Drinking Alcohol and Domestic Abuse

by David J. Hanson, Ph.D.

There is a general correlation between alcohol consumption and violence toward a spouse or partner: They sometimes occur together. But does drinking actually cause abuse in a relationship? Researchers and other experts warn against jumping to the conclusion that it does.

It’s easy to fall into the trap of assuming that a relationship between two things means that one causes the other. For example, the number of people who drown is correlated with the consumption of ice cream. But neither causes the other. In warmer weather more people eat more ice cream and more people go swimming, which increases the chances of drowning.

Experts emphasize that there is no research evidence that alcohol consumption or even alcohol abuse causes domestic violence. Furthermore, the majority of alcoholics and other men who abuse alcohol don’t abuse their partners and most instances of abuse occur in the absence of any alcohol consumption at all.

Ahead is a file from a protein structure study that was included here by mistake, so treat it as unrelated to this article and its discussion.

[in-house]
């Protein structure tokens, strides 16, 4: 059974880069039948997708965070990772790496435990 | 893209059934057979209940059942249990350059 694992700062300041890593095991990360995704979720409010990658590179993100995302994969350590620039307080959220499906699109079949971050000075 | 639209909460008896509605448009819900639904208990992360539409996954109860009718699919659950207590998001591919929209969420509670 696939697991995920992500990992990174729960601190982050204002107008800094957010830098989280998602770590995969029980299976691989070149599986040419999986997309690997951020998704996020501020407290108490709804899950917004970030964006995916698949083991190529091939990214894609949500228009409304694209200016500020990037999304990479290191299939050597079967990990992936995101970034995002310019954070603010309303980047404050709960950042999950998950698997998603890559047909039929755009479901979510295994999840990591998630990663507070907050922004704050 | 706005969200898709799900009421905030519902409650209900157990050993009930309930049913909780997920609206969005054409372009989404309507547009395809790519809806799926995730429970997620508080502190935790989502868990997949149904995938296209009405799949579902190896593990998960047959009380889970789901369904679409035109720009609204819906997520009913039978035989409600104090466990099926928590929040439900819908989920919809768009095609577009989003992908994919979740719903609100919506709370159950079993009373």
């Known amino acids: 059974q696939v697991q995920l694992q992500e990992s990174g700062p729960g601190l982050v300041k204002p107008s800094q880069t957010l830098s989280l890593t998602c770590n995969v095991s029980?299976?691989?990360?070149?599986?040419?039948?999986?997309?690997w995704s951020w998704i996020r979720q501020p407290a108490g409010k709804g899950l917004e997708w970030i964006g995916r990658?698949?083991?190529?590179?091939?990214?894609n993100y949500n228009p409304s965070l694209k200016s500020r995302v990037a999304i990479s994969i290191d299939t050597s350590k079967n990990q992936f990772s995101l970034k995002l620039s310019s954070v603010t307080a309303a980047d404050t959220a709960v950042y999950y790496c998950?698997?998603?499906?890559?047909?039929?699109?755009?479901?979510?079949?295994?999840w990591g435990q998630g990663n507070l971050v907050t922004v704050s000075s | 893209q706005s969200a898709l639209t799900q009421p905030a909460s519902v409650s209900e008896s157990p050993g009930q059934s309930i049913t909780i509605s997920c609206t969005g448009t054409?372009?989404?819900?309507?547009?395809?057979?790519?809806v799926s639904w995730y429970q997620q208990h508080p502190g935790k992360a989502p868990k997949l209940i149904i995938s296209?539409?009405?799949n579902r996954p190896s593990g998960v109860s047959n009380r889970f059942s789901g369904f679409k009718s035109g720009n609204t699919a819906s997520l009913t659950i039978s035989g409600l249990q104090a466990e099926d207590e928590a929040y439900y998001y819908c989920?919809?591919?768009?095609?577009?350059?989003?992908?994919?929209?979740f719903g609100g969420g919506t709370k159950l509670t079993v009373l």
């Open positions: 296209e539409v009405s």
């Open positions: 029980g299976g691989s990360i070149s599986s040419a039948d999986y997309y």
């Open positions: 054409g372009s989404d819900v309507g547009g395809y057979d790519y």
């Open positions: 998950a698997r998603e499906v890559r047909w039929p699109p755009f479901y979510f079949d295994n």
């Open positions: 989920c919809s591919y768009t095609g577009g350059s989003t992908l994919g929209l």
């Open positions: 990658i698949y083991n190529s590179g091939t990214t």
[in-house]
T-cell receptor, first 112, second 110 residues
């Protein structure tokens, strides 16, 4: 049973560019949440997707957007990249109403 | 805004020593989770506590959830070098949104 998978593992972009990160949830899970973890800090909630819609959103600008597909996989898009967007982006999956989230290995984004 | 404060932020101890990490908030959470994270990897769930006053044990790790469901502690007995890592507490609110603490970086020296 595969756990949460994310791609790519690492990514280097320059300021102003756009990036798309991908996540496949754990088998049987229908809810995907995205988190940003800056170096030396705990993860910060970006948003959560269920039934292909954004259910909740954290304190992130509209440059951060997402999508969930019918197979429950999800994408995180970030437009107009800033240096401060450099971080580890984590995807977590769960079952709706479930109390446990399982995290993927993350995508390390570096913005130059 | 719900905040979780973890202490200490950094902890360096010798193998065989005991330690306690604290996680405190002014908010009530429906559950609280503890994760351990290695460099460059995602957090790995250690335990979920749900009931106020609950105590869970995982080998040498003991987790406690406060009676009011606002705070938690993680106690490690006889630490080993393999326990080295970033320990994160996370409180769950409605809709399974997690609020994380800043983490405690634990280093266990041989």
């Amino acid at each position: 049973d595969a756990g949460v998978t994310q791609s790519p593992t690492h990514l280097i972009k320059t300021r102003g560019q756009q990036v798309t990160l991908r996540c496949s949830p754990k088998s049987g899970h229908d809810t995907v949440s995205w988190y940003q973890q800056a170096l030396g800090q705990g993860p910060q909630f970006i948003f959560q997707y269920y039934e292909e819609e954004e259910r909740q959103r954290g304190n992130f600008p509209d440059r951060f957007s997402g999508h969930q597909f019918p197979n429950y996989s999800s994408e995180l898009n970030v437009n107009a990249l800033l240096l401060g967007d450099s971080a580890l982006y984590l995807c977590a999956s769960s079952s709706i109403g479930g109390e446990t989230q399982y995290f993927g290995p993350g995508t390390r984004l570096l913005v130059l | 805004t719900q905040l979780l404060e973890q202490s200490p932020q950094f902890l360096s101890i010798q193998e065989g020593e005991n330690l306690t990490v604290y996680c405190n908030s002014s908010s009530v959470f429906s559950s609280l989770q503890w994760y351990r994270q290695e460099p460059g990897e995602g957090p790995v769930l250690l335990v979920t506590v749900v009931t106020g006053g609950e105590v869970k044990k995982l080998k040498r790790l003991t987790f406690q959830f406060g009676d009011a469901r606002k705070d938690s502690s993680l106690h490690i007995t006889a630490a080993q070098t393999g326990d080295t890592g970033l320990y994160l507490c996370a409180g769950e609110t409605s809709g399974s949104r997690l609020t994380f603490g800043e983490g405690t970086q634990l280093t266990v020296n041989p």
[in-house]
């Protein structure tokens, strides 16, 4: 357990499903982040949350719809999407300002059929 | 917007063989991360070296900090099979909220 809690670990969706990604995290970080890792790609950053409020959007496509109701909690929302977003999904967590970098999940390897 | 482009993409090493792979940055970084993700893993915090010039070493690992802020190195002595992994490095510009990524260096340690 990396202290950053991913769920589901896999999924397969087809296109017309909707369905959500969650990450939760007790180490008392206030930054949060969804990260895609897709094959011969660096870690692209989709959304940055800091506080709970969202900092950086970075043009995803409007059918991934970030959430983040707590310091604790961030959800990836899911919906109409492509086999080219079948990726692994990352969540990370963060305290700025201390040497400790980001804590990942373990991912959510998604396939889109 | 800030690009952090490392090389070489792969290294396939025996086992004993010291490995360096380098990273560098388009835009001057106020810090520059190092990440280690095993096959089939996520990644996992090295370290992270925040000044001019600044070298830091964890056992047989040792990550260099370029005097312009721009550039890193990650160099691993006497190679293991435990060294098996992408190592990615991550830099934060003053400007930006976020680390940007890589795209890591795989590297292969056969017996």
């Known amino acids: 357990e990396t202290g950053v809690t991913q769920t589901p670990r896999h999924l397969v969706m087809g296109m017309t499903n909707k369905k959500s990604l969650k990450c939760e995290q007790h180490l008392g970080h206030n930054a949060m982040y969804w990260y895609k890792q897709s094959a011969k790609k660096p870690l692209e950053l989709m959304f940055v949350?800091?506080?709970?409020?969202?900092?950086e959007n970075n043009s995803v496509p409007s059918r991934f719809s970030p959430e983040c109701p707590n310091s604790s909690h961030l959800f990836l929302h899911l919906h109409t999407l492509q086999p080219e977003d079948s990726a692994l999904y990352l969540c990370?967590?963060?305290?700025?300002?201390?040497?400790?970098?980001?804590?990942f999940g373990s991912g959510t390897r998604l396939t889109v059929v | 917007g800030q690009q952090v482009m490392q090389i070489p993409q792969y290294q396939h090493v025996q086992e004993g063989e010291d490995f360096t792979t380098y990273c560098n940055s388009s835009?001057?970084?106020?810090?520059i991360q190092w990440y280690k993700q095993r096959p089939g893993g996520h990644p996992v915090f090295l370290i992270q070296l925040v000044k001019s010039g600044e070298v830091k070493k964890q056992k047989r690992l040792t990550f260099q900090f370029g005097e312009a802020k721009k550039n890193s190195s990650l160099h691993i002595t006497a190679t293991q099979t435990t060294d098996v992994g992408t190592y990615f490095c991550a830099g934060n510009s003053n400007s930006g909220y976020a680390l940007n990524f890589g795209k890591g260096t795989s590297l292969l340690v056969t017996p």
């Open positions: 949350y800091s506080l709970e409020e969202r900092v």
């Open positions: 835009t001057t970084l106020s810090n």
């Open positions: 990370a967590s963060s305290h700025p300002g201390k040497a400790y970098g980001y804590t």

So why is alcohol consumption associated with domestic abuse at all? The Women’s Rural Advocacy Program says that the higher incidence of alcohol abuse among men who batter results from the overlap of two separate social problems.

In “The False Connection between Adult Domestic Violence and Alcohol,“ Theresa Zubretsky and Karla Digirolamo report that “economic control, sexual violence, and intimidation, for example, are often part of a batter’s ongoing pattern of abuse, with little or no identifiable connection to his use of or dependence on alcohol.”

Alcohol does not and cannot make one person abuse another. Many authorities explain that “men who batter frequently use alcohol abuse as an excuse for their violence. They attempt to rid themselves of responsibility for the problem by blaming it on the effects of alcohol.”

Although most writers focus on men as abusers of women, research also indicates that women abuse men about as often. And there’s no reason to believe that alcohol causes women to abuse men.


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